“Brave is as brave does”
This is me in 2011.
I had just left my friends and (then) boyfriend, in Thailand, and moved to Shanghai. It was to be the adventure to end all adventures, and… I was traveling completely alone.
When I tell people, that I often take holidays alone, I always get a look.
It’s usually an undisguised look of astonishment, mingled with a hint of judgement.
Then the questions come.
Sometimes they are brazen enough to just simply ask, “why?”
But more often than not, I am asked, “are you single?”
I don’t believe it is something entirely to do with my gender, because I’ve even had men telling me that they’d be afraid to do it.
But why not?
Why can’t some people, just get on a plane, and travel to far-flung places, without the need for a chaperon?
When we think of that solo intrepid traveler, we usually think of: flowing tie dye, with dreadlocks, that can sometimes can be seen with a tambourine or two; jamming with the locals on the sidewalk. Someone like Louis Cole (he’s great by the way, check out his youtube channel).
You know the type I mean?
I don’t fall into this category. But it still didn’t make any sense to me, why other people just like me, sans dreadlocks and body piercings, didn’t travel alone.
It wasn’t until a friend who came to visit me, cut her journey short on account of culture shock, that I really took the time to think about the ‘skills’ needed to travel alone.
The 3 Essential Skills Needed to Travel Solo
And by this I don’t mean ego.
I know many people who are extrovert and charismatic, but who also wouldn’t be caught dead in a bar by themselves. Traveling alone, sometimes means this.
I’m not saying that we should all start heading down to our local pub for a solitary pint; to prove ‘we can do it’. But it is vital to understand that:
“Traveling solo is about having the confidence (in yourself) to be alone.”
This is a tricky one, because it cannot be faked.
It is something that I have had to build up over the years.
Start small…. try baby steps…
No one is expecting your first solo adventure to be an around the world affair, but understand that if you’re ever going to achieve that dream solo holiday, you’ll have to start now.
The next time you have an afternoon to spare, rather than heading down to your usual haunts, hop on a train (or a bus… whatever) and go somewhere you’ve never been before. This may seem silly or awkward but this is pretty much a taster of how it is to travel alone.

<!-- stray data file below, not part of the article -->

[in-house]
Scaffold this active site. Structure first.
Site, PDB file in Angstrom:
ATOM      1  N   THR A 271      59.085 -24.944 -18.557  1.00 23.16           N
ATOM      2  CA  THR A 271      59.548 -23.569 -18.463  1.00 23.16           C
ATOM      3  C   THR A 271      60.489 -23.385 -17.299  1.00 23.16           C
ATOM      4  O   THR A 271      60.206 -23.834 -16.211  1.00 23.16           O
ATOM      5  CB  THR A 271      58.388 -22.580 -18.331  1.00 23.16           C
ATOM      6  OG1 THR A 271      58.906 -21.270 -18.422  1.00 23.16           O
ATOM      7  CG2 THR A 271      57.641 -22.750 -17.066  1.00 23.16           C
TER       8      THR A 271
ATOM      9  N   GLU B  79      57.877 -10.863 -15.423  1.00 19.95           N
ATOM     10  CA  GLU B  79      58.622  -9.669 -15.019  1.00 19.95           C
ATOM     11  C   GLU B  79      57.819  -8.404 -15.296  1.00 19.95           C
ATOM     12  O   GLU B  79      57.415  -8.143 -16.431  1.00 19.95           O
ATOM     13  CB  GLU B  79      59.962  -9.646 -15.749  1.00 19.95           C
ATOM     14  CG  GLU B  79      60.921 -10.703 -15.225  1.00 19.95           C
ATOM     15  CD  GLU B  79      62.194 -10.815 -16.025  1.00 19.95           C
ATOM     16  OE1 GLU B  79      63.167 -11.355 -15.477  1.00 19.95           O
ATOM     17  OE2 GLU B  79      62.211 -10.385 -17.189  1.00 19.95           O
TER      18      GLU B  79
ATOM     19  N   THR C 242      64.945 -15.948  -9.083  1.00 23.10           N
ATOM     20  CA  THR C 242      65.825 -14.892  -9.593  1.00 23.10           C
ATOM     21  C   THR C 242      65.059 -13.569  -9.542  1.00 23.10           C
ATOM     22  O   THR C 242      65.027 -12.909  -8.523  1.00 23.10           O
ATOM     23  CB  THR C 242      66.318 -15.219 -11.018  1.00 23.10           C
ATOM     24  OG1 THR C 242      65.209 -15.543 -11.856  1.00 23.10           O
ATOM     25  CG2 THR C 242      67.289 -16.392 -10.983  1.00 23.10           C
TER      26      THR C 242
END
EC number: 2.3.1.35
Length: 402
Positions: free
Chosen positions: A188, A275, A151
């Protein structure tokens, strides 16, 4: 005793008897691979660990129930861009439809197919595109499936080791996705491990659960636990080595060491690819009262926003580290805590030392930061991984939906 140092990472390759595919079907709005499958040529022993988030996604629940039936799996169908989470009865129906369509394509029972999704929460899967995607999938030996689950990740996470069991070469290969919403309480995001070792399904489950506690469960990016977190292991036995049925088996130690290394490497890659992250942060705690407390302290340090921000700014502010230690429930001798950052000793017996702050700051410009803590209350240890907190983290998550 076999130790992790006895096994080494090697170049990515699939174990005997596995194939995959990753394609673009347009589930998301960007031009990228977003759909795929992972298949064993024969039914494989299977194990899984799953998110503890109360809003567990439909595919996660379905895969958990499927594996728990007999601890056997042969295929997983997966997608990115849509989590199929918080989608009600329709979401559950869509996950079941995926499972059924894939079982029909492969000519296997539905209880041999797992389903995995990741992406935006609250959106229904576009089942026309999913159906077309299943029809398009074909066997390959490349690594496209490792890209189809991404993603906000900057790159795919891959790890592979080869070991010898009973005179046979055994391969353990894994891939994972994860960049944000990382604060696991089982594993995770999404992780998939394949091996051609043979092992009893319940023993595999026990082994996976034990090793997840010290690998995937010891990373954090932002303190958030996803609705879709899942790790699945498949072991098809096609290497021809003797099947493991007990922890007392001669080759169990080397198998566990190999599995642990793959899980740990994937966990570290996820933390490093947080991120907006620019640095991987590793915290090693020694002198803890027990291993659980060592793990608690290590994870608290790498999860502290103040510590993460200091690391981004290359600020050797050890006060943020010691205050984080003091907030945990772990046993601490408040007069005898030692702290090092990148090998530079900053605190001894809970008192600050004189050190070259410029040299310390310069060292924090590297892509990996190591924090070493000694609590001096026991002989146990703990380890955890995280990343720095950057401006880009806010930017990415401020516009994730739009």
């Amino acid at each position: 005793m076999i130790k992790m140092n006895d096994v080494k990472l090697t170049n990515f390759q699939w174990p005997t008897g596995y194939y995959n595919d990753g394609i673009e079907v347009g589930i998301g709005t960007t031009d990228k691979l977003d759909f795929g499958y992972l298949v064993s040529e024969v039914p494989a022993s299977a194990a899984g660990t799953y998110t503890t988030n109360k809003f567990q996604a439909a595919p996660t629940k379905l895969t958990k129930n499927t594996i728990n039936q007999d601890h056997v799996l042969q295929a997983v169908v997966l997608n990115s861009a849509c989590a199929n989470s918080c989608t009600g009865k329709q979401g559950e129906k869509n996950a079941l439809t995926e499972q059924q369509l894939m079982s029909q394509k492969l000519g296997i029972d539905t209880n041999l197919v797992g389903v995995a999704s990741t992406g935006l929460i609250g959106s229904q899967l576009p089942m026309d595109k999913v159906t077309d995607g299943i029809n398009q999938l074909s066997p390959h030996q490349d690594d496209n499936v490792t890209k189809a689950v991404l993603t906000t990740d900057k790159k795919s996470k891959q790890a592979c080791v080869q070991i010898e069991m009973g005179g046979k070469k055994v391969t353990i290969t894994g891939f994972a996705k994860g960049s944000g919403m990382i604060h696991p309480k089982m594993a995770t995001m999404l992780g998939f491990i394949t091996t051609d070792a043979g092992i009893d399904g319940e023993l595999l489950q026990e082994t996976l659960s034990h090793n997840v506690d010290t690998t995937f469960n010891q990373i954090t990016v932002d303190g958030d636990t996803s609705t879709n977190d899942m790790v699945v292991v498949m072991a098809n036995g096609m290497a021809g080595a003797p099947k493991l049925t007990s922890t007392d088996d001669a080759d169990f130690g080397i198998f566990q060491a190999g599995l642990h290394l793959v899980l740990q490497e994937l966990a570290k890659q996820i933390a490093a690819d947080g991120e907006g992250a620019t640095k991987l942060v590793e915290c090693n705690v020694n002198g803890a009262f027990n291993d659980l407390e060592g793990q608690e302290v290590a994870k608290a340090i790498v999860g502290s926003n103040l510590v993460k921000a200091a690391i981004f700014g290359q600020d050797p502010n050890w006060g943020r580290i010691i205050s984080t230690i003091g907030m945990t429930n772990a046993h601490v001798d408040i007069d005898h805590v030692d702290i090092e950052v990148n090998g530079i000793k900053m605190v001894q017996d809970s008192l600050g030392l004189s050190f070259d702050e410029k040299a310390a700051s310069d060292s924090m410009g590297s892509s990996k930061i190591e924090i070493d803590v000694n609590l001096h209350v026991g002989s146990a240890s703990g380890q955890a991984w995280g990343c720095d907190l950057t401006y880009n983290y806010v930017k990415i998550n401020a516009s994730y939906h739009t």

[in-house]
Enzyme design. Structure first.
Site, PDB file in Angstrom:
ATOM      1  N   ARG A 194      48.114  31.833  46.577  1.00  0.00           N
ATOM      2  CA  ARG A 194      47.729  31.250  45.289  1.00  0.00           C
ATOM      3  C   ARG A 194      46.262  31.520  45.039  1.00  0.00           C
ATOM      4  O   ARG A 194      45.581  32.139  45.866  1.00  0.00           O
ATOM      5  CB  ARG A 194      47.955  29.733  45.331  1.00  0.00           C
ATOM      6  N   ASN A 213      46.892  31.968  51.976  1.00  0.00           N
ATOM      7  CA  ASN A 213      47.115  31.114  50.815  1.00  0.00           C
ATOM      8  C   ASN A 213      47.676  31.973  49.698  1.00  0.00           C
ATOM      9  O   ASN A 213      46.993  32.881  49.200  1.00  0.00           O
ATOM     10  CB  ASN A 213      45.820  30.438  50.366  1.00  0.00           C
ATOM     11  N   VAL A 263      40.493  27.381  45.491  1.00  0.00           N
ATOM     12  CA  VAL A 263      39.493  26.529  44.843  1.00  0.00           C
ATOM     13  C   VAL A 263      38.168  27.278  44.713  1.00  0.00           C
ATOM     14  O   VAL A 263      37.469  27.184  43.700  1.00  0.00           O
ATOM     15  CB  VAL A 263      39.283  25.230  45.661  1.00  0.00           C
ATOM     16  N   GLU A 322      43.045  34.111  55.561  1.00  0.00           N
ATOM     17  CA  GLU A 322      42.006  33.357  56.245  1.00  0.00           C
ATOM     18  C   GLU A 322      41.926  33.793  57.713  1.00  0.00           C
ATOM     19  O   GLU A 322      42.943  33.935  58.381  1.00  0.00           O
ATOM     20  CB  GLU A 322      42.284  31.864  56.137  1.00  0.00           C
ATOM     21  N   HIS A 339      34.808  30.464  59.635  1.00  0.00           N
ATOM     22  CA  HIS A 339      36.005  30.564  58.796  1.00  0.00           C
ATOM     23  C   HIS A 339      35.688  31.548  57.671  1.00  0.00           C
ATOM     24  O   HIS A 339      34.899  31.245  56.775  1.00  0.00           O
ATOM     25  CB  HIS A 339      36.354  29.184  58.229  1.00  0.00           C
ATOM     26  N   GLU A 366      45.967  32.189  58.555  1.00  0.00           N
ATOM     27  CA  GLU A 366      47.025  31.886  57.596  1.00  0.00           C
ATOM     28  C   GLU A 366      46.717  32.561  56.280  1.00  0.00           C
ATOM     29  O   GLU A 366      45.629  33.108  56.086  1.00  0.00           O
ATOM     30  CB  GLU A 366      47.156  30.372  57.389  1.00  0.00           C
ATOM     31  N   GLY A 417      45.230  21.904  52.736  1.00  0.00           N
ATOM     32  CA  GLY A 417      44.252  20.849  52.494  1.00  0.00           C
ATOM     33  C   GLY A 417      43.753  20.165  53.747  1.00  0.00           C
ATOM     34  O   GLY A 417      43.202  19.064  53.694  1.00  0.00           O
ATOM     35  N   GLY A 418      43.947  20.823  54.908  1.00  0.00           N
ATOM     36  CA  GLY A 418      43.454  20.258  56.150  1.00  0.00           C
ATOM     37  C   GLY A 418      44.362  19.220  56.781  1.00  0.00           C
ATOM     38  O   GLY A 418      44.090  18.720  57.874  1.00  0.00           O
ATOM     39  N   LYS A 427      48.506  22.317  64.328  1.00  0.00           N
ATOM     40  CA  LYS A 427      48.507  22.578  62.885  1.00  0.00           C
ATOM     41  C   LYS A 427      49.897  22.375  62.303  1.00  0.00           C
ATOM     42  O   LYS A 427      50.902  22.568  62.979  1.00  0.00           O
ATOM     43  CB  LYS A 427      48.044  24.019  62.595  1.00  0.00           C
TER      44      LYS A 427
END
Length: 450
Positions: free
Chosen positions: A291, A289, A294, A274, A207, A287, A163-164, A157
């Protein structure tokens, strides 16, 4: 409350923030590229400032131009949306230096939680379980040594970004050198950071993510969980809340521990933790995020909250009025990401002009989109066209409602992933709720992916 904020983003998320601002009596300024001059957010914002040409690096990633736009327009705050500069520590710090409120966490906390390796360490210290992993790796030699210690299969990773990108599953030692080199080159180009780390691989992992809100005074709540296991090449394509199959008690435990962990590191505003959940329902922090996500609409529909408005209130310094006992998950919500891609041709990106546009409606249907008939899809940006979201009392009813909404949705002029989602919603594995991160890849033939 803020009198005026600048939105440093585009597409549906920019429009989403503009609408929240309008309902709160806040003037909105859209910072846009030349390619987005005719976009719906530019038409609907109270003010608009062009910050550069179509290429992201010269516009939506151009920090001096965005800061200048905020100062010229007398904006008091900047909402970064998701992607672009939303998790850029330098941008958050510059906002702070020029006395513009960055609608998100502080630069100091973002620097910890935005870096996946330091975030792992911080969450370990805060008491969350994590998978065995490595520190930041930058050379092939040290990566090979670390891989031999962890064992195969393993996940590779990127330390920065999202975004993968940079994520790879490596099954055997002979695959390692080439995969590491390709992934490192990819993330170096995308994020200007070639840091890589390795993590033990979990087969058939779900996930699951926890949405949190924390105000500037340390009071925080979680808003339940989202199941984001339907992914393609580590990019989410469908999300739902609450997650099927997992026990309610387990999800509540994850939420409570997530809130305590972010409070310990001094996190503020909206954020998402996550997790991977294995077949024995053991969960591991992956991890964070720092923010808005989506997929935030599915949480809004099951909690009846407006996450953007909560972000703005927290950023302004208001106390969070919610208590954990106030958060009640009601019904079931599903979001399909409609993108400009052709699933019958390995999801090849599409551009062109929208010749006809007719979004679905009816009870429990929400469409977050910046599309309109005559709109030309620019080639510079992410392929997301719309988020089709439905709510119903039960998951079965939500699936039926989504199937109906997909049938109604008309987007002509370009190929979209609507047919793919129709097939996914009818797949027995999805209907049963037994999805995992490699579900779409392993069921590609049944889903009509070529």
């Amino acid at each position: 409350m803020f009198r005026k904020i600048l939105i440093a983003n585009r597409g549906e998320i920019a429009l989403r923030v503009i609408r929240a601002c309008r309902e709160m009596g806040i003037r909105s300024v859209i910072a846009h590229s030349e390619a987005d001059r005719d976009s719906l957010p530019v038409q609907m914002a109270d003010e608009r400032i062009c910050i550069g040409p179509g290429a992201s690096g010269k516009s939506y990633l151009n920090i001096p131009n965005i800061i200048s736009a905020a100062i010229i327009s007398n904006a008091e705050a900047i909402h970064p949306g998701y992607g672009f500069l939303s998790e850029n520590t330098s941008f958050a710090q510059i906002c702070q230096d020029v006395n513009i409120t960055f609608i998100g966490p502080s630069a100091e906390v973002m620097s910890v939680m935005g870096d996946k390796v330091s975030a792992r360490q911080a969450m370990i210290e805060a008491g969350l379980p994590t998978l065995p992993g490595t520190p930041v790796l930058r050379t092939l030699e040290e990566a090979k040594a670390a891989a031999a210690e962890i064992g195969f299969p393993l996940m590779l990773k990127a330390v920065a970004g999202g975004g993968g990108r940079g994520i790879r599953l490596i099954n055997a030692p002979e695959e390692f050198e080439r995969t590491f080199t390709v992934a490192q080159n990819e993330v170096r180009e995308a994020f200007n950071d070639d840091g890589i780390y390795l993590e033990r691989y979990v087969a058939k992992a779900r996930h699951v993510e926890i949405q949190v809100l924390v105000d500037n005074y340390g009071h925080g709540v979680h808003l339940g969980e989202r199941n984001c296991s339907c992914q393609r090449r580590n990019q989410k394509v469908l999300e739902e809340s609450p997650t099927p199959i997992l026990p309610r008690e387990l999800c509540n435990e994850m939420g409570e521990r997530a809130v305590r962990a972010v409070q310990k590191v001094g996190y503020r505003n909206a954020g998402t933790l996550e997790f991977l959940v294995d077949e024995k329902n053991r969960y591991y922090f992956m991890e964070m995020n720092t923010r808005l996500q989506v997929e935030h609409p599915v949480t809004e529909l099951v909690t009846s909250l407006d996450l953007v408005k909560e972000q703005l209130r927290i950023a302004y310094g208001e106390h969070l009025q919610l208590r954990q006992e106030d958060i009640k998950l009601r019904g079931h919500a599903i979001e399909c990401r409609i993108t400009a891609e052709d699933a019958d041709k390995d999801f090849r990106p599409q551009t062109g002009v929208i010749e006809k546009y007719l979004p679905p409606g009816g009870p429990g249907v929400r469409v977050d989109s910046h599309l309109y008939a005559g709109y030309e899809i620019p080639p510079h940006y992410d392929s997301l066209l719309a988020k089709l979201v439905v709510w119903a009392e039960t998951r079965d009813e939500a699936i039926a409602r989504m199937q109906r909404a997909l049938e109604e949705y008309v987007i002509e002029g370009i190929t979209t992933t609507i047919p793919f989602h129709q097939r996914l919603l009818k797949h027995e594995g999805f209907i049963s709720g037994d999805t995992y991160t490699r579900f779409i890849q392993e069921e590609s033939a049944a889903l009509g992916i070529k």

Trust me when I say, you will want to try this little exercise into the unknown. It actually kills two bird with one stone, because not only do train your confidence, but also by leaving your comfort zone, you start to understand that being alone allows you to deviate from set plans.
“Language barriers will always exist… People will sometimes get in your way… Transport systems, in many countries, are unreliable.”
These three things are just a few issues, in the sea of problems, that I have encountered on my travels. There are more. There are always more, but accepting that things can go wrong is a crucial step in enjoying your solo holiday.
I’m not saying you should lower your expectations, but it would help if you did.
Think about how things work in the country where you are from.
If they work 100% of the time, give yourself a clap. You are lucky (I honestly doubt it though).
A big problem when traveling alone is that when things do go wrong, we tend to fixate on them. It is a perfectly natural response but it is a fundamental barrier, to getting the most out of your holiday.
In your own country, you encounter problems almost daily, but it does not stop you from leaving your house or functioning normally. So why is it that when holidays have hiccups, some people hole themselves up in their hotel room and immediately want to go home?
And how do I overcome this exactly?
Well, it starts with your outlook.
The next time you are waiting on a train (or a bus…etc) that is late, take a step back and realize how it affects you.
Being conscious of your reactions, however overblown they may be, is a key step into changing them. Just by being aware of how you are in negative situations, in time, when things go wrong, you can start to build the ability to adapt.
Are you the kind of person that takes forever to pick something on the menu, in case you choose the wrong thing? Well, so am I.
That’s not the kind of decisiveness I mean.
Traveling solo means that you have to be your own motivator, planner, and tour guide (unless you pay for one, that is). It’s not enough to fly half way around the world with a lonely planet in tow, but stay indoors because you don’t know where to go.
The way to solve this, I would have to say, is to make more assertive decisions.
For instance: you are presented with the opportunity to attend two fabulous events, but both happen to clash; they’re at the same time, on opposite sides of the city.
Rather than attempting the strain to juggle your time between the two… just pick one.
On paper this sounds silly but I wonder how many times when such a situation occurred, you tried to force everything in, or even despondently ended up not going to any at all.
Decisiveness is important, because when you travel alone you have to ‘trust yourself’.
As my friend showed me, it wasn’t enough to just get to the place you want to go.
Traveling alone is a state of mind.
Once you understand that these skills can be implemented into all parts of your daily life, you’ll realize that traveling alone is not as daunting as it appears to be. It’s natural to be scared or apprehensive, but with oodles of confidence, patience and decisiveness, you’ll enjoy the highs and lows just the same.
Seasoned solo travelers will most certainly argue that more could be added, but this is what I have found to be the top three essential skills needed to travel solo.
What do you think?